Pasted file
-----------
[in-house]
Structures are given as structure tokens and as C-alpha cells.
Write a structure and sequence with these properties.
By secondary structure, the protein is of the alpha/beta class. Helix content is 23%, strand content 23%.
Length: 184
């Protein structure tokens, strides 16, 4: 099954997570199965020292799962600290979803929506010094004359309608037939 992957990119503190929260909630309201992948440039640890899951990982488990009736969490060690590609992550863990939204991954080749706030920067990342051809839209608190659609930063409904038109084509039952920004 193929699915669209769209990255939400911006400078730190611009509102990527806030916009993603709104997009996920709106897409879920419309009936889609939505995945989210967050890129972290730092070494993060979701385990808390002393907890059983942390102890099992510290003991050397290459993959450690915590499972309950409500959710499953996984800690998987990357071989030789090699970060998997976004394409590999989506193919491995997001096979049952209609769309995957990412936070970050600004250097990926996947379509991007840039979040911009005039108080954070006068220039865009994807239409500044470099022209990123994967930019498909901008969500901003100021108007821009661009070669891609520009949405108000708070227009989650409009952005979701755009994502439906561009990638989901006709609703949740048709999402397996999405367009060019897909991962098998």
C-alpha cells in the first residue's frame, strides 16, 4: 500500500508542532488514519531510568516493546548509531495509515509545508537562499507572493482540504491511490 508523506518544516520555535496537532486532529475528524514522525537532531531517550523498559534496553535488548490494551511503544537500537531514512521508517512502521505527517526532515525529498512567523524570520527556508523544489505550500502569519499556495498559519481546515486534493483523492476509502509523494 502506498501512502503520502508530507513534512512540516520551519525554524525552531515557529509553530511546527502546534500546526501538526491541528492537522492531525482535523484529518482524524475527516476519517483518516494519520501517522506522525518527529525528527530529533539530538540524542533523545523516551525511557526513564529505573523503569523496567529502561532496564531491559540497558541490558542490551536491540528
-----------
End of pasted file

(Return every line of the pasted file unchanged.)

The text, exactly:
[in-house]
Structures are given as structure tokens and as C-alpha cells.
Write a structure and sequence with these properties.
By secondary structure, the protein is of the alpha/beta class. Helix content is 23%, strand content 23%.
Length: 184
């Protein structure tokens, strides 16, 4: 099954997570199965020292799962600290979803929506010094004359309608037939 992957990119503190929260909630309201992948440039640890899951990982488990009736969490060690590609992550863990939204991954080749706030920067990342051809839209608190659609930063409904038109084509039952920004 193929699915669209769209990255939400911006400078730190611009509102990527806030916009993603709104997009996920709106897409879920419309009936889609939505995945989210967050890129972290730092070494993060979701385990808390002393907890059983942390102890099992510290003991050397290459993959450690915590499972309950409500959710499953996984800690998987990357071989030789090699970060998997976004394409590999989506193919491995997001096979049952209609769309995957990412936070970050600004250097990926996947379509991007840039979040911009005039108080954070006068220039865009994807239409500044470099022209990123994967930019498909901008969500901003100021108007821009661009070669891609520009949405108000708070227009989650409009952005979701755009994502439906561009990638989901006709609703949740048709999402397996999405367009060019897909991962098998």
C-alpha cells in the first residue's frame, strides 16, 4: 500500500508542532488514519531510568516493546548509531495509515509545508537562499507572493482540504491511490 508523506518544516520555535496537532486532529475528524514522525537532531531517550523498559534496553535488548490494551511503544537500537531514512521508517512502521505527517526532515525529498512567523524570520527556508523544489505550500502569519499556495498559519481546515486534493483523492476509502509523494 502506498501512502503520502508530507513534512512540516520551519525554524525552531515557529509553530511546527502546534500546526501538526491541528492537522492531525482535523484529518482524524475527516476519517483518516494519520501517522506522525518527529525528527530529533539530538540524542533523545523516551525511557526513564529505573523503569523496567529502561532496564531491559540497558541490558542490551536491540528